Three Important Takeaways from Training

It was three long days of drinking from the fire hose.

Every year, I add to my consulting toolbox by attending some form of educational event. My goal is to pick up some new concepts or business strategies that I can use to help grow my clients’ businesses.

Last week I attended a three-day business-building workshop. The material was fantastic, and my consulting toolbox is overflowing.

I took notes as fast as possible and highlighted everything that needs to be considered when growing a funeral home business. Suffice it to say; I have some great information to share with you over the coming year.

In this newsletter, I’ll share three of the topics from the training that struck me as being directly applicable to the challenges faced by most funeral home owners.

Topic #1 – Business is a machine that makes money

Many funeral home owners struggle to walk the fine line between business and ministry. They know that they have to make a profit, but they also see themselves as providing compassionate care for families in their community.

When you’re wearing your Funeral Director hat, it’s important to stay on the ministry side of the line. But when you take off your Funeral Director hat, you have to put on your Funeral Business Builder hat and think of your business as a machine that is supposed to make money.

If your business makes money, you can provide a higher level of care to the families you serve, give jobs to people in your community, and provide for your family. Those are all good things.

If your business does not make money, your machine is broken, and it’s your job to fix it. If you fail to fix it, then everything falls apart, and everyone loses.

Topic #2 – Stop spending and start investing

Part of making sure that your business functions as a well-oiled machine is to stop wasting the profits. You need to stop spending money and start investing it instead.

When you make that shift, the critical question becomes, “If I invest X, what return can I expect?”. And you have to discipline yourself to ask that question every time you pull out your credit card or checkbook.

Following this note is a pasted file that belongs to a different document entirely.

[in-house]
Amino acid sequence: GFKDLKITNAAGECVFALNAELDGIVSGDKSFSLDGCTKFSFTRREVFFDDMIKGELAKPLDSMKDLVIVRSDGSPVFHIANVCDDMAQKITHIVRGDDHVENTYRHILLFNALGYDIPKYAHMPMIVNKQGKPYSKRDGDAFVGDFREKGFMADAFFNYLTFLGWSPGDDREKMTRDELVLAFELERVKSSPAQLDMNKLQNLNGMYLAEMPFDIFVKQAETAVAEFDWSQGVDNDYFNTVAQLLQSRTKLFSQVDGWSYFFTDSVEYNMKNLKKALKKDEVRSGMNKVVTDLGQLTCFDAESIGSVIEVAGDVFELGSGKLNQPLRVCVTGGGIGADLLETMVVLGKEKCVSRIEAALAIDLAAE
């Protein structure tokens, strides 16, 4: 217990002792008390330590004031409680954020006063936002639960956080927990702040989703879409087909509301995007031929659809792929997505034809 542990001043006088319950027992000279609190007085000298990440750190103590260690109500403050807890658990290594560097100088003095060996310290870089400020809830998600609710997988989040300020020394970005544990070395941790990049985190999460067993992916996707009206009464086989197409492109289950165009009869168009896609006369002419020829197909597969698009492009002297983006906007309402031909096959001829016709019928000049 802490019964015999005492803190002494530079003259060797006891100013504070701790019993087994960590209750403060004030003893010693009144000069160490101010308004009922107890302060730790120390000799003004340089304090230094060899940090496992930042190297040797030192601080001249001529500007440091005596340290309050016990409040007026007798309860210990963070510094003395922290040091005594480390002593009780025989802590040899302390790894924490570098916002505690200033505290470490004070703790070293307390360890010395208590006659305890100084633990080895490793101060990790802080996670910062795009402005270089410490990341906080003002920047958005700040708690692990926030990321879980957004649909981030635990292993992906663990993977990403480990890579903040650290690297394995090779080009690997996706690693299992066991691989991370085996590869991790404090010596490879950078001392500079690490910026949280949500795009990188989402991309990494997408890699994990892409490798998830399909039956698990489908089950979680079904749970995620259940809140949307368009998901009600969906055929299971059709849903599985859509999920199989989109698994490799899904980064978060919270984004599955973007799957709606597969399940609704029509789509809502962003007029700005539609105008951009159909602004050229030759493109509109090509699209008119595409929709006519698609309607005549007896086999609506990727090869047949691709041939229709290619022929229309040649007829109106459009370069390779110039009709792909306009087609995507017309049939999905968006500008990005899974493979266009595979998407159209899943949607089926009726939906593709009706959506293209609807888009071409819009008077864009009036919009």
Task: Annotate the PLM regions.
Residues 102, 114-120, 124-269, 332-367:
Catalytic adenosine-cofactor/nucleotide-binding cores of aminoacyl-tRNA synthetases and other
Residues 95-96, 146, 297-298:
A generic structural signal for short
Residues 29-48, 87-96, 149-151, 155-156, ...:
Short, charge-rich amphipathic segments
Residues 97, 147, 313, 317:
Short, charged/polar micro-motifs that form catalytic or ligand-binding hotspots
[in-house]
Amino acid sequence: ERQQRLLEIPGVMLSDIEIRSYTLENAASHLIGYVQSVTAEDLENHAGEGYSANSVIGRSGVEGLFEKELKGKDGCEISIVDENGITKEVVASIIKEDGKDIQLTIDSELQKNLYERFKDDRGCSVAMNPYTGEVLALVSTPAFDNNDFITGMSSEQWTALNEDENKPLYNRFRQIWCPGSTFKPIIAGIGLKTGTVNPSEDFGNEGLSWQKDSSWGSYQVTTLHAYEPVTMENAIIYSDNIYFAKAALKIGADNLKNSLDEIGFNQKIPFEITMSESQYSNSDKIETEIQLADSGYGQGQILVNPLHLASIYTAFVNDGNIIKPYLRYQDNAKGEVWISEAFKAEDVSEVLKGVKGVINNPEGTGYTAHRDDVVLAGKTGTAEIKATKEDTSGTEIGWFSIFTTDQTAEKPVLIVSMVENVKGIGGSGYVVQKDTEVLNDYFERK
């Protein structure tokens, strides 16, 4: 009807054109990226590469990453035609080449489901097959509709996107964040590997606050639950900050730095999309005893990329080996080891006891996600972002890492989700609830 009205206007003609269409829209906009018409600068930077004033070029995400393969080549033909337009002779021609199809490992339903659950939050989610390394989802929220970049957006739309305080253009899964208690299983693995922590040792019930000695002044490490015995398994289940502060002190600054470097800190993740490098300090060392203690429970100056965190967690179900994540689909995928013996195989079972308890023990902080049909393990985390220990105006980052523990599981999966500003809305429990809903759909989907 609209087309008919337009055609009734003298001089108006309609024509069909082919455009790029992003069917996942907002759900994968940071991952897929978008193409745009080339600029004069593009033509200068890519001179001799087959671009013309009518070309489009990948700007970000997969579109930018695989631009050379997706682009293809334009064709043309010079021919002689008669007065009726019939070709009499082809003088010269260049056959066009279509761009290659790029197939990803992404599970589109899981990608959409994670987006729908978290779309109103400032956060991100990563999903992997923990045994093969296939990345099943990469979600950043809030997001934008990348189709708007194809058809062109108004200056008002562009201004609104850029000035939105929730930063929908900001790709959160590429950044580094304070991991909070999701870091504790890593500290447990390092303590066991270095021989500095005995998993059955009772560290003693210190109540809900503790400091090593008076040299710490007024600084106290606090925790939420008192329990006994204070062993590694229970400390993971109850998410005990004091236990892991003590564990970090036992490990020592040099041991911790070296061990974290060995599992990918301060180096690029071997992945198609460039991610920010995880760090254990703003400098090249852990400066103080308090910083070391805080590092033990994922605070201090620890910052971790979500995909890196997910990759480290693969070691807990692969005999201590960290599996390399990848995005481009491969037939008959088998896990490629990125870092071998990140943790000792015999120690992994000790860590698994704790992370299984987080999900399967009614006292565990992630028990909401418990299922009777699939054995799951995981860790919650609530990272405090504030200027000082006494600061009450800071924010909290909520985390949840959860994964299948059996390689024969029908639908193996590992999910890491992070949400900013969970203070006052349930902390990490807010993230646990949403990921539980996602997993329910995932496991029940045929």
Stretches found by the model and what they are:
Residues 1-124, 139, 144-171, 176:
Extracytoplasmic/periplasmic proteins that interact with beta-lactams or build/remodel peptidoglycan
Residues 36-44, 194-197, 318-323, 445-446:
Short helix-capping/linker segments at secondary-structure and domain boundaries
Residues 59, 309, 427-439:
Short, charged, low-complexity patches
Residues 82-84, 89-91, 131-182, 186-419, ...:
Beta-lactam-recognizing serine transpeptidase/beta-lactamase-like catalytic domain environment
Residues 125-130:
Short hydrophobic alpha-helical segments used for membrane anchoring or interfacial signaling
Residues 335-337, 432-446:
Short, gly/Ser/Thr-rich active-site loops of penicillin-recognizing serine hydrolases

If you invest in a new social media campaign, what return can you expect?

If you invest in a new multimedia system for your chapel, what return can you expect?

If you invest in a case management system, what return can you expect?

In my business, I always aim to provide my clients with a 10X return on investment. If someone spends $50k with me, I want to make sure that their revenue goes up by at least $500k. For most of them, that means winning roughly 50 more full-service calls, which should be very achievable if we implement my strategies correctly.

Topic #3 – Your personal mission is the starting point

When I first started consulting with business owners, I assumed that everyone wanted to grow their business. I was wrong.

Clients always said that they wanted to grow, but they wouldn’t take steps to fix their machine and grow their business. In many ways, they were their own worst enemies.

In the training class, they introduced us to a new course called “Hero On A Mission.” This course aims to help the business owner and the entire team get very clear on their personal life goals.

Once your personal life goals and business goals are in alignment, growth is possible.

Interestingly enough, the starting point of the Hero On A Mission course is to write your own eulogy. The instructor described how they want people to start at their Celebration of Life ceremony and then figure out how to live a life worth celebrating.

Now that’s a concept my funeral home clients can understand!

Those are just the first three of the takeaways I’ll be sharing with you in the coming year. The overall program is called Business Made Simple, and I’m now one of their Certified Business Coaches.

Too many funeral homes struggle because the owner is a great Funeral Director but has never been trained on how to grow a business. Some of my new tools will help me fix that problem.

Until next time


Leave a Reply

Your email address will not be published. Required fields are marked *